WARNING: These articles are intended to be an unfiltered look at
the emotional rollercoaster that is my personal journey of learning a
language, which by the very nature of me writing them means it’s highly
likely that some people will be offended—especially if you have an
aversion to the occasional swear, poor grammar, and general surliness.
All the views expressed are mine, so any hate mail should be sent to me, not the corporate overlords at Rosetta Stone who are paying me to write them.
This is Episode 10 of Sh*t’s Getting Real. Binge from the very beginning.
My wife is going to Saudi Arabia day after tomorrow, and it’s weird, the most terrifying thing to me is that I don’t know what’s up there at all. I’ve heard stories where if the powers that be feel like you’re out of line, you’re screwed, regardless of the rule of law? But honestly, I simply just don’t know much about what goes on over there at all, besides stories that are sensational enough to make the news. Beyond the fact that booze is illegal there and that things ended badly for at least one dissenting journalist, my guess is as good as your Fox-News-watching grandpa’s, if I’m really being honest.
My wife told me all shirts have to cover her butt, and asked me if one that she wanted to bring did. How do you answer that when the shirt isn’t like a knee-length situation, something with tails, or small dress (or gown)? I have no idea what constitutes a covered butt in Saudi Arabia. I live in a godless society where a piece of string counts as your butt being covered, and I’m sitting here looking at my wife in jeans and a long shirt not knowing if that flies or if that’s the kind of thing that gets you thrown in jail forever. It really could go either way, since I just DON’T know.
I’m aware it’s dangerous to disseminate stuff like this without fact-checking, because it leads to wild ‘us vs. them’ dualities that manifest in horrible racism and jingoism, etc., but my point isn’t that Saudi Arabia is terrifying (unless you’re a journalist or someone who likes butts, I guess) but that I just don’t know anything well enough to know what’s normal and what’s not.
I’m aware it’s dangerous to disseminate stuff like this without fact-checking, because it leads to wild ‘us vs. them’ dualities that manifest in horrible racism and jingoism . . .
Presumably, most people in Saudia Arabia go about their day-to-day lives like anyone else: They wake up, they’re not murdered with a bone saw for having their ass hanging out, and they don’t get arrested for drinking alcohol, since they probably just don’t do it.
Then again, some people clearly DO get arrested for having their asses out/drinking alcohol/having the gall to do journalism/being the uncle of the crown prince, etc., so again, what do I know? I mean, the phrase “repressive regime” has come up a lot when discussing the Saudis lately, and it seems like it’s probably at LEAST as gnarly there as, oh, I don’t know . . .Chicago?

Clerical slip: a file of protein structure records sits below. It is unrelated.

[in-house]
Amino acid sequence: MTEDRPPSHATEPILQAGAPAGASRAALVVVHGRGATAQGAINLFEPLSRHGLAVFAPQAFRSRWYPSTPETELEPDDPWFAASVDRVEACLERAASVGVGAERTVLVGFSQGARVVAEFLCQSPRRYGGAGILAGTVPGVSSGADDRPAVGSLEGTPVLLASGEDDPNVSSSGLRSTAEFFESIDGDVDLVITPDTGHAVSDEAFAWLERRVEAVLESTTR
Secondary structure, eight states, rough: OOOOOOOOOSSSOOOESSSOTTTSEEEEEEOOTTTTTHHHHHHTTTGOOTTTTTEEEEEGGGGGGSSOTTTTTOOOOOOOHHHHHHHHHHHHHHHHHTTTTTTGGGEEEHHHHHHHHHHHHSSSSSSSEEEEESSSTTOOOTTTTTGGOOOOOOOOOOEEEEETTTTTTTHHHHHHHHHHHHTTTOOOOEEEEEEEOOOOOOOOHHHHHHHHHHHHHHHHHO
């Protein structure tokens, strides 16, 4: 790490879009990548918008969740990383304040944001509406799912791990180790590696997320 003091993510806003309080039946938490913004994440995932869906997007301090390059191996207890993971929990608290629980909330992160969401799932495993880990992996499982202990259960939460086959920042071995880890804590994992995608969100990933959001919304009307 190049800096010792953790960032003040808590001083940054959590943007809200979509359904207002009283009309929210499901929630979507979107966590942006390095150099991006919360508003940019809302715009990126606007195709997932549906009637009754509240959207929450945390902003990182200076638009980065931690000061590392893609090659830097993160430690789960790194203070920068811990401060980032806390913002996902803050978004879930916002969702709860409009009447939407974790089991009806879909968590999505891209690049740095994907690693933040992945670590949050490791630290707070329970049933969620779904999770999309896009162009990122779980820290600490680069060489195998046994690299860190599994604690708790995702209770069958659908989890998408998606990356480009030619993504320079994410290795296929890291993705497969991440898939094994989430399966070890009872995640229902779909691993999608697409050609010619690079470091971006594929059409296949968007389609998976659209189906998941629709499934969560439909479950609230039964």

Here’s the thing – people who aren’t from Chicago hear about the crime and gun violence here and think that we all drive around in bulletproof cars and pick freshly fired bullets out of our beautifully uncovered asses before dinner every night, but as someone who lives here, I can tell you that no, it’s really a lovely city. Sure, you CAN get murdered in Chicago, but generally, life is life and you’ll go about your day by just waking up, not getting murdered by a bonesaw and not getting arrested for drinking alcohol.
If you speak English I can tell you these truths from a comforting place of reasonable authority, but if you’re some Saudi guy who doesn’t speak the language and only has your own news channels to go on and whose wife is flying to Chicago day after tomorrow, your notion is probably more along the lines of “Yo! You’d best wear a bulletproof vest the whole time you’re there or you’re gonna end up dead!” and that would be a reasonable thing to think.
I suppose the obvious thing I’m getting at here is that if I spoke a little Arabic, I could quickly know what the culture really is like, how dangerous it is or isn’t for Western women tooling around in packs, feeling the last of the booze drain out of them as they shake like frail leaves in the hot desert sun. But as it is, the language difference really is my biggest barrier to understanding the truth of what my wife is really getting into. I don’t trust any minister of tourism from Saudi Arabia saying everyone is welcome any more than I trust a cop on the South Side of Chicago saying that he had no choice but to draw his gun and fire, but at least in that case I can SMELL the cop’s bullshit. I can speak that flavor of bullshit myself. Not everyone can. This is probably why people are so scared of places they’ve never been but feel right at home in their own corners of the earth, even when it’s dangerous, chaotic or just way, way too loud.